The Mysterious World

Reads: 98  | Likes: 2  | Shelves: 1  | Comments: 0

More Details
Status: In Progress  |  Genre: Historical Fiction  |  House: Booksie Classic


There lived a wise man, named Nasuruddin in ancient Iran, He was very popular for his wisdom and was greatly respected by all. People used to visit him to seek his wise guidance from far and wide.
The story relates one of such instances of his life.

Submitted: September 03, 2018

A A A | A A A

Submitted: September 03, 2018

A A A

A A A


Once upon a time, there lived a wise man, named Mullah Nasruddin Hodja in Iran. Everyone sought the mullah's teachings because people considered him to be the wisest among wise men.

One summer day, Nasruddin was wandering through the bazaar of Isfahan. He liked to visit it often as he found it to be a friendly and fascinating place.

As he walked along he happened upon a group of men arguing amongst themselves. Even from a distance, he could hear their raised voices. So, naturally, he was curious to know what could cause an argument on such a beautiful day.

"Salaam," he greeted the men, attracting their attention.

"Salaam," they replied but they did not stop their arguing. The mullah saw that they were passing something around to each other.

"What is it?" the mullah asked.

"I say this is a jewel," one man said.

"No, no, an enemy has sent it to harm us," shouted another.

"Not at all," the mule driver cried, "it must be a gift from Allah."

Nasruddin looked closely at the object as the mule driver explained, "I was riding across the desert and it caught my eye. I carried it here to show the wise men but no one knows what it is."

"Perhaps you can tell us," one of the men said to Nasruddin.

"Here, take it," the others said. "Tell us what it is."

Nasuruddin took the object in his hand and examined it closely. It was a tiny box of metal with a glass lid. But inside there were letters indicating four directions, and in the center of those a tiny needle shivered when he shook the box.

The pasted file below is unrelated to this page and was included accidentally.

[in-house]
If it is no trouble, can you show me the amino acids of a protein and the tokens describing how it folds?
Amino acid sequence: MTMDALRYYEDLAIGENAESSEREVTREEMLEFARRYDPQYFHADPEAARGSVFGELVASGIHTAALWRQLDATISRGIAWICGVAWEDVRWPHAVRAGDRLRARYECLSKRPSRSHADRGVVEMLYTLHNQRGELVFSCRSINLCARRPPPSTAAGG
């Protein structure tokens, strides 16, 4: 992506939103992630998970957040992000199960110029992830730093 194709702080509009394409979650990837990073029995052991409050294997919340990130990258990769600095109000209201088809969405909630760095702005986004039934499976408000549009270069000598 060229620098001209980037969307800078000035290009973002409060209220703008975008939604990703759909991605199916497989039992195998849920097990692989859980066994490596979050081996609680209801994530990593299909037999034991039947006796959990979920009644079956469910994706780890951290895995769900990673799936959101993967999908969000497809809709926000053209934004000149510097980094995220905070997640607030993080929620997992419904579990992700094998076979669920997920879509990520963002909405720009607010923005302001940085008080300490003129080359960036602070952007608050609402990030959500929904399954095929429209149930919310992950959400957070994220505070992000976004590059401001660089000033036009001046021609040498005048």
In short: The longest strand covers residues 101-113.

"Look," said the mule driver, "that needle quivers when you shake it, but no matter how much you try to move it, it always returns to point the north."

The mullah turned the box over a few times.  He shook it many times in different directions. But each time he looked inside, the quivering needle was pointing to the north.

He began to stroke his beard. This is what he did when he was deep in thought, pondering over what it can be. Everyone waited in abated excitement to know what it is. 

Then, suddenly, the mullah began to cry, tears flowing from his deep brown eyes. Everyone gasped but just as the mule driver was about to step forward to offer solace, the mullah burst out laughing.

"What's going on?" someone asked. Again the mullah burst into tears.

"Can I help?" another offered, but before he could finish his sentence the mullah had again begun to cry and then laugh, and then cry. They couldn’t understand how someone could laugh and cry at the same time.

"Why are you crying?" some asked.

"Why are you laughing?" others questioned.

"It is impossible to cry and laugh at the same time," another said.

Word spread through the city of this extraordinary event and more people gathered to watch it. Finally, a young boy, feeling sorry for the great mullah, called out, "Please, someone help the mullah!"

When Nasreddin heard the child's words, he suddenly stopped laughing and crying. He grew very quiet, and so did all those gathered around.

"Let me explain," he said softly. The people moved closer to listen.

"I cry," the mullah said, "because not one of you among this enormous crowd is wise enough to know what this box is. It is such a tiny box, such an insignificant needle, and yet it has more wisdom than all of you, for it knows what it is. I cry because I am ashamed of your ignorance and stupidity."

The people bowed their heads in shame. Even the children felt ashamed, for they had hoped their elders were wise; now they understood they were not.

But one of the men, who knew the mullah well, began to smile. "But mullah," he said, "tell us why you were laughing at the same time as you were crying."

The mullah looked at each person in turn, one after another, and a smile crept across his face. Once more he began to laugh at the confusion and amazement of his audience.

"I laugh because I do not know what this box is either," he said. "I laugh because I see even the wisest among us still finds wonders in this world."

Soon all the people were dazzled by the profound wisdom of their great teacher, who had clarified another mystery with a great ease.


© Copyright 2018 Dr. Pran Rangan. All rights reserved.

Add Your Comments:

More Historical Fiction Short Stories